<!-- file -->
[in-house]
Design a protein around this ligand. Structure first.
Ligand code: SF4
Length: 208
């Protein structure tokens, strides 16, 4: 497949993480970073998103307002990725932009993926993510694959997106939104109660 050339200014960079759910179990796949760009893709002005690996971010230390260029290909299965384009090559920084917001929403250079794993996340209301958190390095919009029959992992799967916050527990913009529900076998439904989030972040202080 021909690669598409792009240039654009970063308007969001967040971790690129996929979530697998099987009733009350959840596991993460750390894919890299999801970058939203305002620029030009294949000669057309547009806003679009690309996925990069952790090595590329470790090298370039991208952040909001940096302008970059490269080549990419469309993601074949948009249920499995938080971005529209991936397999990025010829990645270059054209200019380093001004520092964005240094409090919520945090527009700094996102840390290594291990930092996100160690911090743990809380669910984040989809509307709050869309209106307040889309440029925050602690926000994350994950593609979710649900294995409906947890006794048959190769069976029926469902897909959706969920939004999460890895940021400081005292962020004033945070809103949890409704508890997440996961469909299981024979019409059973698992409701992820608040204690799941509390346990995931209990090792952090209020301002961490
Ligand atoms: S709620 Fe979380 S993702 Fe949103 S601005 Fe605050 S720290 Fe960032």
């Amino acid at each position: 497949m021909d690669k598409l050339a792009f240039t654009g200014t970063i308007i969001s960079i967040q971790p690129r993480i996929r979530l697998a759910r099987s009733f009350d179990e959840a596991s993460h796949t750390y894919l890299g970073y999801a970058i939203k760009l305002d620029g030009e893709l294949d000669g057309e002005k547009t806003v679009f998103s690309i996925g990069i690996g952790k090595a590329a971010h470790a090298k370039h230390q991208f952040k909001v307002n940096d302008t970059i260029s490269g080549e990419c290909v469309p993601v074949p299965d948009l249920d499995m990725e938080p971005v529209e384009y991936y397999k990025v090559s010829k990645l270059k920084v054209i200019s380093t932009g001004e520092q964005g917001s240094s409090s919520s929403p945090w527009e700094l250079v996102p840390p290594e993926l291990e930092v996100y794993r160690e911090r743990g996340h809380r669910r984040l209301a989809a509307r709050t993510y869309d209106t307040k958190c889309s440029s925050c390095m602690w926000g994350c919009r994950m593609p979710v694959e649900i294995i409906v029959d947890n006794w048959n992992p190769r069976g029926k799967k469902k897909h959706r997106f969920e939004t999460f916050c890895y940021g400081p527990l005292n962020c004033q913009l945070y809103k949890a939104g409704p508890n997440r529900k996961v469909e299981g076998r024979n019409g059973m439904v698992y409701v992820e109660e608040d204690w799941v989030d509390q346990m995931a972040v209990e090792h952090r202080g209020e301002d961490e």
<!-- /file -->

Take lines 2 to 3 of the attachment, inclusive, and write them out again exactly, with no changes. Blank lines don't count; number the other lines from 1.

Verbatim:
Design a protein around this ligand. Structure first.
Ligand code: SF4